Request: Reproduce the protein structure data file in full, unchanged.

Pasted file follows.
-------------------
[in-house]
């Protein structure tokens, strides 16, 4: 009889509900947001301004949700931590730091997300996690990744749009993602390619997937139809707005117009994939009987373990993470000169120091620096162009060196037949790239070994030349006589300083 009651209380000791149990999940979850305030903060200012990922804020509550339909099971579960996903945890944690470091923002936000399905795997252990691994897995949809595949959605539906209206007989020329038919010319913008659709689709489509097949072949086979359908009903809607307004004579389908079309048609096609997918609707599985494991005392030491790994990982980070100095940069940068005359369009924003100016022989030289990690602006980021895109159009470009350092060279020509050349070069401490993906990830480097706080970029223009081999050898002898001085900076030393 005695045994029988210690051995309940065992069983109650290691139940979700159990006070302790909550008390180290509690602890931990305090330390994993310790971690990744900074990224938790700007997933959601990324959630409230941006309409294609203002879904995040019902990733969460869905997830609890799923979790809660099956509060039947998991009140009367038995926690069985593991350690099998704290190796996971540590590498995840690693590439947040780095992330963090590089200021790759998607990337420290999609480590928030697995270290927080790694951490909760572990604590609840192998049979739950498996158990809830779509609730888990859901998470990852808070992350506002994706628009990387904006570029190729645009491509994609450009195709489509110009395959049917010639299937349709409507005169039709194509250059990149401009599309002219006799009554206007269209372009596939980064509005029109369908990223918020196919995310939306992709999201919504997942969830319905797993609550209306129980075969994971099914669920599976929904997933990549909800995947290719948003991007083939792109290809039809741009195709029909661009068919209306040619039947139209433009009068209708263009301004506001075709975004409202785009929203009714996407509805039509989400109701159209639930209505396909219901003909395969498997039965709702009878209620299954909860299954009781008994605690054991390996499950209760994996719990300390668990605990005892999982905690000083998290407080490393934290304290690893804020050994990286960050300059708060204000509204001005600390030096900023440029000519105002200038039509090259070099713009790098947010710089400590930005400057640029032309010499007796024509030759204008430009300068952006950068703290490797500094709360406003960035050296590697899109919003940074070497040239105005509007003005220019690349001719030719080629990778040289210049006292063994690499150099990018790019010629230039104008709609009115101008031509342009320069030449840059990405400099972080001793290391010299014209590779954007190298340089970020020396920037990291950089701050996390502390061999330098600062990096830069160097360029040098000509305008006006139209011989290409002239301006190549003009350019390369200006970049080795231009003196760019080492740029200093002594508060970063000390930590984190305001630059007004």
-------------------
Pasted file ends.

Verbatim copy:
[in-house]
């Protein structure tokens, strides 16, 4: 009889509900947001301004949700931590730091997300996690990744749009993602390619997937139809707005117009994939009987373990993470000169120091620096162009060196037949790239070994030349006589300083 009651209380000791149990999940979850305030903060200012990922804020509550339909099971579960996903945890944690470091923002936000399905795997252990691994897995949809595949959605539906209206007989020329038919010319913008659709689709489509097949072949086979359908009903809607307004004579389908079309048609096609997918609707599985494991005392030491790994990982980070100095940069940068005359369009924003100016022989030289990690602006980021895109159009470009350092060279020509050349070069401490993906990830480097706080970029223009081999050898002898001085900076030393 005695045994029988210690051995309940065992069983109650290691139940979700159990006070302790909550008390180290509690602890931990305090330390994993310790971690990744900074990224938790700007997933959601990324959630409230941006309409294609203002879904995040019902990733969460869905997830609890799923979790809660099956509060039947998991009140009367038995926690069985593991350690099998704290190796996971540590590498995840690693590439947040780095992330963090590089200021790759998607990337420290999609480590928030697995270290927080790694951490909760572990604590609840192998049979739950498996158990809830779509609730888990859901998470990852808070992350506002994706628009990387904006570029190729645009491509994609450009195709489509110009395959049917010639299937349709409507005169039709194509250059990149401009599309002219006799009554206007269209372009596939980064509005029109369908990223918020196919995310939306992709999201919504997942969830319905797993609550209306129980075969994971099914669920599976929904997933990549909800995947290719948003991007083939792109290809039809741009195709029909661009068919209306040619039947139209433009009068209708263009301004506001075709975004409202785009929203009714996407509805039509989400109701159209639930209505396909219901003909395969498997039965709702009878209620299954909860299954009781008994605690054991390996499950209760994996719990300390668990605990005892999982905690000083998290407080490393934290304290690893804020050994990286960050300059708060204000509204001005600390030096900023440029000519105002200038039509090259070099713009790098947010710089400590930005400057640029032309010499007796024509030759204008430009300068952006950068703290490797500094709360406003960035050296590697899109919003940074070497040239105005509007003005220019690349001719030719080629990778040289210049006292063994690499150099990018790019010629230039104008709609009115101008031509342009320069030449840059990405400099972080001793290391010299014209590779954007190298340089970020020396920037990291950089701050996390502390061999330098600062990096830069160097360029040098000509305008006006139209011989290409002239301006190549003009350019390369200006970049080795231009003196760019080492740029200093002594508060970063000390930590984190305001630059007004």